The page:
Anyone struggling to parse the President’s behavior confronts a virtual festival of personality tics. There are the graceless declarations of his “high” intelligence, the pretension of being a master strategist, and the unearned certainty that accompanies the declaration of bogus truths. The endless issuing of false claims is especially stunning (i.e., The U.S. has the highest taxes of any nation; Fredrick Douglas is doing an “amazing job,” etc).  And then there are all of the threatening tweets and serial name-calling.  Vituperation used to be a White House rarity; it was never a presidential form. Presidents  have customarily vented in private and praised in public. Trump’s manufactured feuds not only mark him as an indifferent caretaker of important traditions, but a figure who sees an advantage in the constant name-calling. Its management by division, using presidential rebukes as forms of intimidation.

What is going on with this needy and self-dealing figure?  Why the manufactured hostility?  Have we ever had a leader who was so imprisoned by limited rhetorical skills?

Trump’s kind of bluster seems to be a consequence of both his social awkwardness, and a New York aggressiveness expressed in the language of marketing. Psychoanalyst Erich Fromm described a “marketing personality” as a character type common in individuals captured by a compulsion to sell themselves as a commodity. It follows that they find personal legitimacy in self-referential comments affirming their acceptance and enviable success.

Normally a marketing mentality comes with a degree of affability.  A communication form such as selling is intrinsically “other-directed.” But if a person is not capable of other-direction, and if the “brand” to be preserved is one’s own name, there seems to be a clear motivation to engage in aggressive self-protection. This can take the form of the preemptive bluster that defines Donald Trump.  But it also includes immodest assertions of power, such as using 20-foot letters of his name on the outside of  his buildings. Both the aggression and self-promotion function to assure the doubting that he’s a “player,” and “deal-maker:” the smartest man in the room who can bend anyone to his personal goals.

There is perceived power in the flattering perception of oneself as several steps ahead of competitors. Mastering markets results in a lot of talk about “tactics” and “targets,” “ratings” and “winning.” It persists even if true success alludes him. Indeed, ambiguity over genuine markers of achievement actually helps, since it allows individuals to declare their own “winning” moments.  Investment analysts, traders and marketing “creatives” are often deep into this game, and often able to profit from the mystifications that come with vaguely understood “deals,” “yields,” “growth projections,” and “branding.”

All of this seems to be a particularly masculine need. No set of thought-patterns are fully gender-specific. But it seems clear that there are psychic rewards for performing what seems like the uniquely masculine stance of the consummate strategist. In fact, this male can find it downright fun to watch a set of strategic masterstrokes play out.  We usually need a film like George Roy Hill’s classic The Sting (1973) to pull it off. The story of a “con” played against a ruthless New York mob leader remains a thing of beauty, helped by the fact that male icons Paul Newman and Robert Redford seemed to relish their characters’ guile. In a different way the same anticipation of secret moves sprung the unsuspecting is obvious when listening to a ‘color commentator” rhapsodize about the ideas of an NFL coach.  And while women play poker and frequently win, it’s mostly the men around the table who love to talk about strategy.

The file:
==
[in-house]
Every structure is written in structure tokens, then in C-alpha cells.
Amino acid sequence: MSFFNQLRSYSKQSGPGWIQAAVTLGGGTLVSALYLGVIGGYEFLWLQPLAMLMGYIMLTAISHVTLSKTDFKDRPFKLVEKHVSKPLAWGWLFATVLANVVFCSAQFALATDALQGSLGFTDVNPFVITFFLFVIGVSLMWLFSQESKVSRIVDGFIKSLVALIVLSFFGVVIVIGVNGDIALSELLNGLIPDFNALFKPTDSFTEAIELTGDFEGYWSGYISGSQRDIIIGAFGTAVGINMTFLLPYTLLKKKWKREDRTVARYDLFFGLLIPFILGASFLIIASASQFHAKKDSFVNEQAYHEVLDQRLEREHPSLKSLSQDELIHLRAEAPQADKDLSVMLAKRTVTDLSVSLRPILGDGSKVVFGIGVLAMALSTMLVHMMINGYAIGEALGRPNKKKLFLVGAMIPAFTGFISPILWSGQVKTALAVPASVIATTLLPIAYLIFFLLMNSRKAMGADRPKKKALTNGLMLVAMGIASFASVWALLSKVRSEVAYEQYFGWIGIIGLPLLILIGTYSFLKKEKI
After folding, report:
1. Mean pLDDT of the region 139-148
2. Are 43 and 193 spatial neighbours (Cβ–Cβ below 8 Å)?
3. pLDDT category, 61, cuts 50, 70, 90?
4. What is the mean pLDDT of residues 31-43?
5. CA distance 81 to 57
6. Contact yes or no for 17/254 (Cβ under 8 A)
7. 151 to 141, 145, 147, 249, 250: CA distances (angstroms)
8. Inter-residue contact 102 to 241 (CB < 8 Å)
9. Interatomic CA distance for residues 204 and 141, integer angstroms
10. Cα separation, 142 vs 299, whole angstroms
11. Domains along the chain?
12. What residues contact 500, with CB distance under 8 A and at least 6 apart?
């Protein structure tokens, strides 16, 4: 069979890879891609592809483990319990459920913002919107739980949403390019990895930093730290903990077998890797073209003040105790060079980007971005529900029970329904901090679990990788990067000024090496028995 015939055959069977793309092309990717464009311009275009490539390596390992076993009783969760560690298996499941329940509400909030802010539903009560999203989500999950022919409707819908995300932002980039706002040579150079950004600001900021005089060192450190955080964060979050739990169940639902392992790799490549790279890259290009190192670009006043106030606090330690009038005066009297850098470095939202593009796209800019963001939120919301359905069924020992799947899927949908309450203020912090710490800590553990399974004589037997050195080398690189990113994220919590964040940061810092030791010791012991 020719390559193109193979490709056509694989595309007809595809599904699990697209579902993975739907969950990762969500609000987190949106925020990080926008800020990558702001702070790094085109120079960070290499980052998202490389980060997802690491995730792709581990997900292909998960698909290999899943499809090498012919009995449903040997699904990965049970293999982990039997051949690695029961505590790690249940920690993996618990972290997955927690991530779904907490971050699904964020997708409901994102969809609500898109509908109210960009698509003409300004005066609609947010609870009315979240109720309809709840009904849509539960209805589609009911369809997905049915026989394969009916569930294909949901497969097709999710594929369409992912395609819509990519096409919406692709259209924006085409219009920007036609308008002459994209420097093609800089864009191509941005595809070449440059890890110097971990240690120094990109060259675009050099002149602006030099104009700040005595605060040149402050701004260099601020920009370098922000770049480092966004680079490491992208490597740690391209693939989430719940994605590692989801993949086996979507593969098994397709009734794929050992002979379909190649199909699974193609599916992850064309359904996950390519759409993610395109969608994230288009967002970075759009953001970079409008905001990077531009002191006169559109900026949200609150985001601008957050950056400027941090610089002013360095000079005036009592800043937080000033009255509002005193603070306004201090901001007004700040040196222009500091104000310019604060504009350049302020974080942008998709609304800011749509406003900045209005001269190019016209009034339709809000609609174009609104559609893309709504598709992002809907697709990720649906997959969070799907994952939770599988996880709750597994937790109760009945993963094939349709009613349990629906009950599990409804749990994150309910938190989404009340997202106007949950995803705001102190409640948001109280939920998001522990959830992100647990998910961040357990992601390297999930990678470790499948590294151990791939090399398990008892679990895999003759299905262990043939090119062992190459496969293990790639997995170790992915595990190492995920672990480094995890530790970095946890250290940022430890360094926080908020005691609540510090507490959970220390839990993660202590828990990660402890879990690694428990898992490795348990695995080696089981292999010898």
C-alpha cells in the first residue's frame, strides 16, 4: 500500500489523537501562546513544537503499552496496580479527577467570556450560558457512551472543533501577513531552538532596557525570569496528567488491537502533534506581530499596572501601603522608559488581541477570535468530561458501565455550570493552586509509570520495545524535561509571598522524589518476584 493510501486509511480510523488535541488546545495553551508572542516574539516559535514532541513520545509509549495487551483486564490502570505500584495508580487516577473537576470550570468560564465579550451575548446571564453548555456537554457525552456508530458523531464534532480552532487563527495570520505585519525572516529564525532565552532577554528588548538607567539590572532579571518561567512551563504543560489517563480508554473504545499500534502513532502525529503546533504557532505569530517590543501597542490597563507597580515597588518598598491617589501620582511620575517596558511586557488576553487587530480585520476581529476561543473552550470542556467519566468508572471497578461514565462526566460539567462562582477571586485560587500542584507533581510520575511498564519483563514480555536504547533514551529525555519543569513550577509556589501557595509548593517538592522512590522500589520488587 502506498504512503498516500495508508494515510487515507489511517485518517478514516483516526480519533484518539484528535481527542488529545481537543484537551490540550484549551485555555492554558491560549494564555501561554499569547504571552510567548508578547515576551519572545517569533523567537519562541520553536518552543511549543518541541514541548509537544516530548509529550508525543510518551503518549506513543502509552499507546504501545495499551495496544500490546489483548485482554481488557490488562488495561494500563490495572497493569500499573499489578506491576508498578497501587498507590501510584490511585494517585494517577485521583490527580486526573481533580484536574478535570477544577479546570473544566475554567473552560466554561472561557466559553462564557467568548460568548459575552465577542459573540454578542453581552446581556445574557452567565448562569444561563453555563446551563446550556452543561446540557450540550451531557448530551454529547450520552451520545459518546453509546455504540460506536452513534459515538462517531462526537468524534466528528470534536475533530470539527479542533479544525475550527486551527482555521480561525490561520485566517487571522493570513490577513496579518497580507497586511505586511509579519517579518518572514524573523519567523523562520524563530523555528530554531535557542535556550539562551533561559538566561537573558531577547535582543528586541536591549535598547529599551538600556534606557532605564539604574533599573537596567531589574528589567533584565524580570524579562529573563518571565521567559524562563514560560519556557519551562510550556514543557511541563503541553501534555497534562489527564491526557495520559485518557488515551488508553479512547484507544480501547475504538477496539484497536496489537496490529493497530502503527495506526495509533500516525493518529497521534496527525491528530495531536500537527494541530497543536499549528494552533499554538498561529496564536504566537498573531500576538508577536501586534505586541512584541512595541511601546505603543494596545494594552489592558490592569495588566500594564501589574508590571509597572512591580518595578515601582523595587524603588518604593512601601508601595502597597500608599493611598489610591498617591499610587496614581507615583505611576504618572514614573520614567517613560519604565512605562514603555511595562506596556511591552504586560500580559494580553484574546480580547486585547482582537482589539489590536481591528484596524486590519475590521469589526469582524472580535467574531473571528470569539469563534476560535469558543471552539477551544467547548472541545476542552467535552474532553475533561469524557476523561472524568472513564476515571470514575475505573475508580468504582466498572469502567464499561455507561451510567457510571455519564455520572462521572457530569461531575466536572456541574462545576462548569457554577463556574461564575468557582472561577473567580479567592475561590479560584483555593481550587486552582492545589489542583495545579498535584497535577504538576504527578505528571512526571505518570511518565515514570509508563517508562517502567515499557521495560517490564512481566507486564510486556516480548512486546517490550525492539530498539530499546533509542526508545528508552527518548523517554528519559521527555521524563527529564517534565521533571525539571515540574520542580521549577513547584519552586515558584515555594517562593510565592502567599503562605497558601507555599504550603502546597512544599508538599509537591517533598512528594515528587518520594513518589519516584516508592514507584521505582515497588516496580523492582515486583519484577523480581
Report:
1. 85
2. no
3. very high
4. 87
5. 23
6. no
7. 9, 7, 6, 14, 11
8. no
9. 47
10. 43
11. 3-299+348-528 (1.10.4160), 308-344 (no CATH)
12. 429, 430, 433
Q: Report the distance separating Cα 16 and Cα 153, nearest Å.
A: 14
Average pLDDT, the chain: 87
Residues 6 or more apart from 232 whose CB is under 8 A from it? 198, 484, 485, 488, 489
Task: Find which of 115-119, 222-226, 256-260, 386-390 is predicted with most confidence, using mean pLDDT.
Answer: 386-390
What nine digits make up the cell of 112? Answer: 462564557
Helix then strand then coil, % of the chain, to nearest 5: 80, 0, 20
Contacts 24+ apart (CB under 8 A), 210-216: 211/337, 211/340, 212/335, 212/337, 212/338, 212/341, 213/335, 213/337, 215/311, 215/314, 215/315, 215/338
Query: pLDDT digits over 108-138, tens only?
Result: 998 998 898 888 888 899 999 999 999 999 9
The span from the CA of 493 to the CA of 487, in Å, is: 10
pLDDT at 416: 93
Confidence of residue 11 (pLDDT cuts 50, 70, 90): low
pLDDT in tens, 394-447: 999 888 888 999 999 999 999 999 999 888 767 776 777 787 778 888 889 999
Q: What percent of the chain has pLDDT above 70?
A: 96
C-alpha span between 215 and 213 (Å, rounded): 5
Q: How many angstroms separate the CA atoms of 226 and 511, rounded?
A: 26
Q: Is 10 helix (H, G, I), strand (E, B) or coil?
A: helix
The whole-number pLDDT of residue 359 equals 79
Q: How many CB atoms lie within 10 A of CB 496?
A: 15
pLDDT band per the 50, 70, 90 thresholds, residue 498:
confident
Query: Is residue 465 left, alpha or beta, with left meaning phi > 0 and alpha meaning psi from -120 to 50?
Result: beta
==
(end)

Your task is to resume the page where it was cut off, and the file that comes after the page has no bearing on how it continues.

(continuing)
Our point is that it’s frequently enough to perform the attitude of a consummate strategist.  And so in Trump we find that specific questions about future presidential actions—a few as consequential as whether the nation will wage nuclear war with North Korea–end up being answered with no more than a half smile and a “we’ll see.” The real estate tycoon relishes these teases. They are meant to remind us that he already has some winning plan. It’s a developer’s prerogative to bet on on implausible promise. Never mind that the building  planned for an empty field will never be built.  An illustrator’s evocative image on nearby sign is reason enough to celebrate. In the same way all the talk of “action” coming from this White House  functionally diverts attention from an administration foundering amidst legislative and diplomatic failures.

The rhetoric of strategy is inherently inflated with bluffs.  But that feature destabilizes when used by a head of government. Governments need transparency and predictability, neither of which are possible if a leader imagines that leadership is a game of moves and countermoves.